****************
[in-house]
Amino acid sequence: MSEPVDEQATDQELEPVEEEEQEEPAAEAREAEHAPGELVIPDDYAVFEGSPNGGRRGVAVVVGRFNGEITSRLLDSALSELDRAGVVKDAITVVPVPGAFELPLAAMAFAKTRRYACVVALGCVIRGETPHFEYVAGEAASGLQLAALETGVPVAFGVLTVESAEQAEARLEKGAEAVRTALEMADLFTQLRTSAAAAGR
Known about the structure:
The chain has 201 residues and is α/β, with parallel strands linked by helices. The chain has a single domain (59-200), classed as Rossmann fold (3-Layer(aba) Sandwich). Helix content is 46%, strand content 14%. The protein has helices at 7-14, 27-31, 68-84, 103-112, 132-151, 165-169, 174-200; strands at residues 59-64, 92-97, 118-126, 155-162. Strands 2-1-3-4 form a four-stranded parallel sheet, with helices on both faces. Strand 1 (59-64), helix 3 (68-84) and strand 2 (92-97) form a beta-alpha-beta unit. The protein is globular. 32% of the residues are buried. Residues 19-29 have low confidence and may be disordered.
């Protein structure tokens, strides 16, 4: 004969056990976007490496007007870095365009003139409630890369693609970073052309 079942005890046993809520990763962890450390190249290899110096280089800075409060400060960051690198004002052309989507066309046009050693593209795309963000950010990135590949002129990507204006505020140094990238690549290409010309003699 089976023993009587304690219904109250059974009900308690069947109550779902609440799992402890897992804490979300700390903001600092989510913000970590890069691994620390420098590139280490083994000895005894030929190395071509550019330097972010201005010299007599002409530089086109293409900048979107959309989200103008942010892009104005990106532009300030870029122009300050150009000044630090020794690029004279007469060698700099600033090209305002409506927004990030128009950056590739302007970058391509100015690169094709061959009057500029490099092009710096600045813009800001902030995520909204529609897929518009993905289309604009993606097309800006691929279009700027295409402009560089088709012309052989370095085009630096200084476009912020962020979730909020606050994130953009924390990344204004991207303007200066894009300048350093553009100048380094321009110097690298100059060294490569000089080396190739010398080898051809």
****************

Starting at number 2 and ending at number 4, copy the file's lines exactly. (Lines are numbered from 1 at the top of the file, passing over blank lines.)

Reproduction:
Amino acid sequence: MSEPVDEQATDQELEPVEEEEQEEPAAEAREAEHAPGELVIPDDYAVFEGSPNGGRRGVAVVVGRFNGEITSRLLDSALSELDRAGVVKDAITVVPVPGAFELPLAAMAFAKTRRYACVVALGCVIRGETPHFEYVAGEAASGLQLAALETGVPVAFGVLTVESAEQAEARLEKGAEAVRTALEMADLFTQLRTSAAAAGR
Known about the structure:
The chain has 201 residues and is α/β, with parallel strands linked by helices. The chain has a single domain (59-200), classed as Rossmann fold (3-Layer(aba) Sandwich). Helix content is 46%, strand content 14%. The protein has helices at 7-14, 27-31, 68-84, 103-112, 132-151, 165-169, 174-200; strands at residues 59-64, 92-97, 118-126, 155-162. Strands 2-1-3-4 form a four-stranded parallel sheet, with helices on both faces. Strand 1 (59-64), helix 3 (68-84) and strand 2 (92-97) form a beta-alpha-beta unit. The protein is globular. 32% of the residues are buried. Residues 19-29 have low confidence and may be disordered.